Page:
Snorkelling on Sykes Reefs


Kareen Schnabel diving for samples.
Image: Gary Cranitch

 

Saturday 14 November 2009
 
"Another day at the office," laughs Kareen Schnabel as our boat speeds off.
 
I'm headed to Sykes Reef, east of Heron Island, for a morning of snorkelling with eight of the biologists on the expedition. Each morning they disappear on the boats and this time I'm determined to find out what they actually get up to.
 
Our trusty skipper Aaron Anderson steers our boat Anthius towards our destination as Heron Island becomes a dot on the horizon. Our small boat slices through the waves, gracefully flying over the larger ones and landing on the other side with a satisfied smack.
 
We finally reach Sykes Reef and toss the anchor overboard. It's a scramble as arms squeeze into wetsuits and feet fit into fins. In pairs the expeditioners disappear overboard.
 
The odd one out amongst an experienced group of divers, this is, admittedly, my first time snorkelling, but who better to learn from than a group of marine biologists. Aaron, a diving instructor, puts me through my paces, explains how a snorkel works and splashes water onto my facemask. I slip into my fins, adjust my mask and wave goodbye as I slide into the water under the skipper's watchful eye to join the other snorkellers.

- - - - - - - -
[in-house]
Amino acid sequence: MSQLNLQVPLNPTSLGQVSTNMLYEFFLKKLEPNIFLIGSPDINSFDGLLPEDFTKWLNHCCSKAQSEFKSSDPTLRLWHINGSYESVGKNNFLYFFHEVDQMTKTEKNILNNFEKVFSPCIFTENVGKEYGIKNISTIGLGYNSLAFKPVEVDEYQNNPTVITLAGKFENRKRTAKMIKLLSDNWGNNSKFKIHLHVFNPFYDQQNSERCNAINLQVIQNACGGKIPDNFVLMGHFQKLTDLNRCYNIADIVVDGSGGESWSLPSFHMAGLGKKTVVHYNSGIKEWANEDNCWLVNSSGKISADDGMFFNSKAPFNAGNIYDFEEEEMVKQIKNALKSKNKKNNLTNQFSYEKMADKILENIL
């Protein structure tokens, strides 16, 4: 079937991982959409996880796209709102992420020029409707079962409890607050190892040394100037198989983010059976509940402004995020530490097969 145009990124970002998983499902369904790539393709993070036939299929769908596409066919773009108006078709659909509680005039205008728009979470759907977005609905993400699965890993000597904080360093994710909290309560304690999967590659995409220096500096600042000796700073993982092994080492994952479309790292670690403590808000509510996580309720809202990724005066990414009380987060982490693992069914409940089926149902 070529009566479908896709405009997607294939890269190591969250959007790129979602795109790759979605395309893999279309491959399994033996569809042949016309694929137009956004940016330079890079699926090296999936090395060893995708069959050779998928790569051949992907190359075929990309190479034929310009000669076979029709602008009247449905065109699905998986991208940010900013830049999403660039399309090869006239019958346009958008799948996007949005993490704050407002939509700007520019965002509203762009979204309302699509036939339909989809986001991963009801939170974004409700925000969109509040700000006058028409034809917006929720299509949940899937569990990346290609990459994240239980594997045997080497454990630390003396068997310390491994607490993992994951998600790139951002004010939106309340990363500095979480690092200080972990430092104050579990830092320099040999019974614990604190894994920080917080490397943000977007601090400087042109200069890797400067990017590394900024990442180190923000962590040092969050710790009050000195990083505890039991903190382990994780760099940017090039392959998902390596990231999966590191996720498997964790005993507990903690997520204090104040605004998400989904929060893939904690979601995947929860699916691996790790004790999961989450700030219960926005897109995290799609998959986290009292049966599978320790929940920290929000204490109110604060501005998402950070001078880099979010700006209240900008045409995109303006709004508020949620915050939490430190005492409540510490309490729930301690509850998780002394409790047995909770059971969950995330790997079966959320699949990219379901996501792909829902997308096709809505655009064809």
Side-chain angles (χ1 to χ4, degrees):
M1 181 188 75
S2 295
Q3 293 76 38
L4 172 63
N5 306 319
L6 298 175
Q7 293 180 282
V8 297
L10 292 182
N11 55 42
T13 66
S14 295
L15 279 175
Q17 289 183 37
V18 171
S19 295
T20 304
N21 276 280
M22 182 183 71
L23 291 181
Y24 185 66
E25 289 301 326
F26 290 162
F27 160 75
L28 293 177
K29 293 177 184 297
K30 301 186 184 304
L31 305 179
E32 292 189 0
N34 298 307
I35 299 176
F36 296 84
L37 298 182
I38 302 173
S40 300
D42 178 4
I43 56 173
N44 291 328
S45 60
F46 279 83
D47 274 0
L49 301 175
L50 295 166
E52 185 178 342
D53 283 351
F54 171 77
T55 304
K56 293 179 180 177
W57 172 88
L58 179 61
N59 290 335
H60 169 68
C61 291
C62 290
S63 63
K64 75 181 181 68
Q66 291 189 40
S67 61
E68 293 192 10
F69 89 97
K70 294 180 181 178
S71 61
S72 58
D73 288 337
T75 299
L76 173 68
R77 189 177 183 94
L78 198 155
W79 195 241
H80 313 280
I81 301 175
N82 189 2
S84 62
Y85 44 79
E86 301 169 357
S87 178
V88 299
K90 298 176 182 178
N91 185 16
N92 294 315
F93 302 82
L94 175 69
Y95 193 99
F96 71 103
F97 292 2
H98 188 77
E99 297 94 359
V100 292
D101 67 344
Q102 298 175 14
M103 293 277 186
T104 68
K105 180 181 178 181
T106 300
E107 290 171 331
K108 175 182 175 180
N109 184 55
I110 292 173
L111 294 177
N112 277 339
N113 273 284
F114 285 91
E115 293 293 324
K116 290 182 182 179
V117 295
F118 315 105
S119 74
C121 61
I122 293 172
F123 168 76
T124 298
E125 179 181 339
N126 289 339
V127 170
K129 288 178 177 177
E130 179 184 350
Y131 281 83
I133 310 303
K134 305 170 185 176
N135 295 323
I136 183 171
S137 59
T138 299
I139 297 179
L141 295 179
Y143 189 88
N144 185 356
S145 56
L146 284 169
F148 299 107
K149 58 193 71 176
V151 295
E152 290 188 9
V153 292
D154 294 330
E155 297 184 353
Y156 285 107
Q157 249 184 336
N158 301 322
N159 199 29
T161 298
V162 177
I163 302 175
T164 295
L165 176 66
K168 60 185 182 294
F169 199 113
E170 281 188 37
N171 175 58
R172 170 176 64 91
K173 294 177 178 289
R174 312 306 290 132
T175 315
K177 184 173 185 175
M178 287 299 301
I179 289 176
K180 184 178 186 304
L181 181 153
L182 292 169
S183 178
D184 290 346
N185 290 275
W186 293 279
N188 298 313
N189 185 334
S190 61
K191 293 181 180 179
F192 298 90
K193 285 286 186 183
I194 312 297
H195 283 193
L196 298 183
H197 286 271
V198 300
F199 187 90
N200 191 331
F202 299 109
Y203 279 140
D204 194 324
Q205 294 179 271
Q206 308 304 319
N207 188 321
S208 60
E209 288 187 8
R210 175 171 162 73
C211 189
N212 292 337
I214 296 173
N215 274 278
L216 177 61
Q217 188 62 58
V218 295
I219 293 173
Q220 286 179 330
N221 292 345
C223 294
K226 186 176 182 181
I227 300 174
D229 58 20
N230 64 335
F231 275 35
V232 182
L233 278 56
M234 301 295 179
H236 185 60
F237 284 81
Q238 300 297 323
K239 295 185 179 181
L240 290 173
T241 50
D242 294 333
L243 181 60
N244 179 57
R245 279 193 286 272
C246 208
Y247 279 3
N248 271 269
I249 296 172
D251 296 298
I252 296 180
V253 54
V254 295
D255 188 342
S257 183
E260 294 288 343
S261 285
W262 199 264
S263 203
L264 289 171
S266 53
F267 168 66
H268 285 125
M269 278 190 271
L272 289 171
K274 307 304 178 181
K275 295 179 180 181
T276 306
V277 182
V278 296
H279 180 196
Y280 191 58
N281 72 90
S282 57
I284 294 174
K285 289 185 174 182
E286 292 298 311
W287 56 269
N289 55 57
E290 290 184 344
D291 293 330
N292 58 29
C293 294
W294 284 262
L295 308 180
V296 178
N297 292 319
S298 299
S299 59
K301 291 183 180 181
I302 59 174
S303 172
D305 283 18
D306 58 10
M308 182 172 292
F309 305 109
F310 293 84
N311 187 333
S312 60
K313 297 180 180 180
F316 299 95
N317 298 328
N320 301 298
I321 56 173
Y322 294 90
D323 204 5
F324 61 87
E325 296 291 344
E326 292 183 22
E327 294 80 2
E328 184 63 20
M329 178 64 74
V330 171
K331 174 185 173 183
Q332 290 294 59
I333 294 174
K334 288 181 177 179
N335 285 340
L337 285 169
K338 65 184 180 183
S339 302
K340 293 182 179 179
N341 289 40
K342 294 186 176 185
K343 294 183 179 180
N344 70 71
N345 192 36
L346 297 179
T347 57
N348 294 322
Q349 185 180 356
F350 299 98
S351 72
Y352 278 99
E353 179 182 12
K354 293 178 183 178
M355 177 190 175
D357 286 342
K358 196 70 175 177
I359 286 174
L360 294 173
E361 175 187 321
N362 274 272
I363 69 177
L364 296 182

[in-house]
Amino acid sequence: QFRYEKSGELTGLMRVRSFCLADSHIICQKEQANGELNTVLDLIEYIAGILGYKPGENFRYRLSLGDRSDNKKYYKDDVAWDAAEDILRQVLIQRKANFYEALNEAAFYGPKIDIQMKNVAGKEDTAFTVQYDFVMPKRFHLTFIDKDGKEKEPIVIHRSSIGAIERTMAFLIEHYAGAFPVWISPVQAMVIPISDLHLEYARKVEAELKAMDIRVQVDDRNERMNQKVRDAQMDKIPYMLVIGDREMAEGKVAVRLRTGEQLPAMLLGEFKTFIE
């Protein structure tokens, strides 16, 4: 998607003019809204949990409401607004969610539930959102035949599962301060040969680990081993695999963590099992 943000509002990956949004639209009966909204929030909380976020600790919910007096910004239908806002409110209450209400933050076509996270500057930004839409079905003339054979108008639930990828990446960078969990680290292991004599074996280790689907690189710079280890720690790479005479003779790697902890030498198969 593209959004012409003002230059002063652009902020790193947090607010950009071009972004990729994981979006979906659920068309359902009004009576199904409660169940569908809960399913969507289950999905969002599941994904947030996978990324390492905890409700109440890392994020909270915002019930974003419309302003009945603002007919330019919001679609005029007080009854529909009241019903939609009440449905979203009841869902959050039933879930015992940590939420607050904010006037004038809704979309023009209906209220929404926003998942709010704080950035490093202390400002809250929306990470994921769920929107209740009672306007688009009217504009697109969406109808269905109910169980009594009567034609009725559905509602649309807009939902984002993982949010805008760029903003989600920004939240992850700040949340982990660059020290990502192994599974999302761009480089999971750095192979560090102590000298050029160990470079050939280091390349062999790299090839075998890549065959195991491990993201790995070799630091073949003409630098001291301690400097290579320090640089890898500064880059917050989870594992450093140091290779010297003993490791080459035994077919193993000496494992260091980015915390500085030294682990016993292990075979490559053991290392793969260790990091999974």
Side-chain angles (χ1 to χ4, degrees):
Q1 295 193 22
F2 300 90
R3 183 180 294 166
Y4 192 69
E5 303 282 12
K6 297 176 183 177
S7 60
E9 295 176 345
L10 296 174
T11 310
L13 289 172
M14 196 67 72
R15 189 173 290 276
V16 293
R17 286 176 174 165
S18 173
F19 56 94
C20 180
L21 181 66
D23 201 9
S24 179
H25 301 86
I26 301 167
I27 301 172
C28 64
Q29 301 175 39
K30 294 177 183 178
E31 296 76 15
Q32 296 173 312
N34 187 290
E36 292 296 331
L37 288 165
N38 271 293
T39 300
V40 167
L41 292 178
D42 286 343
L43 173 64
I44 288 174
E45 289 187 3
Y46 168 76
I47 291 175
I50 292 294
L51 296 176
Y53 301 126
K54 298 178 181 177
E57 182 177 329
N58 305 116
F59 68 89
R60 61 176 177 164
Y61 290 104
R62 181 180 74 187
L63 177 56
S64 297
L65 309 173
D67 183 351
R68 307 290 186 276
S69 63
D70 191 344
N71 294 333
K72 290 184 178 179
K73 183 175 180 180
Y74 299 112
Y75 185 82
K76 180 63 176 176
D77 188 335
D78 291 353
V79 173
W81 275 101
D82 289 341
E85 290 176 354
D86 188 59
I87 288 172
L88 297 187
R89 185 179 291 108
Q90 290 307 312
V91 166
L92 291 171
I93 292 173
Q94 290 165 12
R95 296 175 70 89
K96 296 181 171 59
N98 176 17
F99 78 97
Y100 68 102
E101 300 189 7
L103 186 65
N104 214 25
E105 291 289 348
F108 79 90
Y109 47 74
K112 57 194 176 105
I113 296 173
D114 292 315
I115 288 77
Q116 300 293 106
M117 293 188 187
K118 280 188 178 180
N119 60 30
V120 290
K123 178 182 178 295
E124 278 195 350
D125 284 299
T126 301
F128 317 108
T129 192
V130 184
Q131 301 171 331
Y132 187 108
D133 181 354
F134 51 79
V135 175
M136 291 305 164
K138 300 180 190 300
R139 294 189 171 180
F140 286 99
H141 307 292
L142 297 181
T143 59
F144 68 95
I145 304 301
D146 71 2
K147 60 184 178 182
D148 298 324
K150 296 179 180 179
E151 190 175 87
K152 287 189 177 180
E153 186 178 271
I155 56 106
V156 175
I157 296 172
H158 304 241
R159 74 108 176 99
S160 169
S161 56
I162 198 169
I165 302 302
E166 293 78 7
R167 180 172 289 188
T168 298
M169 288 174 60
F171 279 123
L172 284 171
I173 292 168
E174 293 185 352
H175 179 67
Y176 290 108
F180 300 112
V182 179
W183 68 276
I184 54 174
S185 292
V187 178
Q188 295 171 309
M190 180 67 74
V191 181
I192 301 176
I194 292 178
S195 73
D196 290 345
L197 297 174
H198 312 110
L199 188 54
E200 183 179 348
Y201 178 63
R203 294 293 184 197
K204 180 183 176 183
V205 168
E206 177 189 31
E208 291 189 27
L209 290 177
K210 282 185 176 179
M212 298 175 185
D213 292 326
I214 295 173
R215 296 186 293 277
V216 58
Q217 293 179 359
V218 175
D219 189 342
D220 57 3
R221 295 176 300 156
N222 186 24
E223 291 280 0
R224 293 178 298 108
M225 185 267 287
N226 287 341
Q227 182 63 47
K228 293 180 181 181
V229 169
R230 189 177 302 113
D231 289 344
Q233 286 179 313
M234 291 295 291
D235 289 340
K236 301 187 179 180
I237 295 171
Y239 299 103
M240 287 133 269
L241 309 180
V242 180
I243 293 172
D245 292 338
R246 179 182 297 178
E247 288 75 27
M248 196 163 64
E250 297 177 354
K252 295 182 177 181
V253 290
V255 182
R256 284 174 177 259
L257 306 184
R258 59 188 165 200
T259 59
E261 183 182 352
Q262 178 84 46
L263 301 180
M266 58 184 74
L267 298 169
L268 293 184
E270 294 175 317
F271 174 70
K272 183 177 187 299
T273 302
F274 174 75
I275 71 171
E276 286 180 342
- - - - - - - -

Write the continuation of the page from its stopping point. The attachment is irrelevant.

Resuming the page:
It's not as cold as I'd imagined. I kick my fins into action and swim away from the boat before diving down as far as my buoyant wetsuit will allow me. The water is salty and I blow the ocean out of my snorkel.
The reef is shallow. There are some tiny blue fish here, a jellyfish there. I dive down to take a closer look and discover a pair of cuttle fish floating about.
 
Nearby Kareen, a squat lobster expert from New Zealand's National Institute of Water and Atmospheric Research, is diving down with her orange bag, hunting for samples.
 
Not far away I can hear Queensland University and Queensland Museum PhD student Holly Heiniger laughing through her snorkel as she squirts clove oil around a fish to anaesthetise it for her partner Terry Miller, a research officer at Queensland Museum, to scoop into a net.
 
Eventually I make my back to the boat when my legs have had enough.
 
After an hour in the water the biologists are waved back to the boat and as they climb aboard they excitedly show off their discoveries, some having collected samples for their fellow scientists.
 
"So this is what they do," I think as our boat bobs about, the sun shining on the faces of eight very satisfied marine biologists.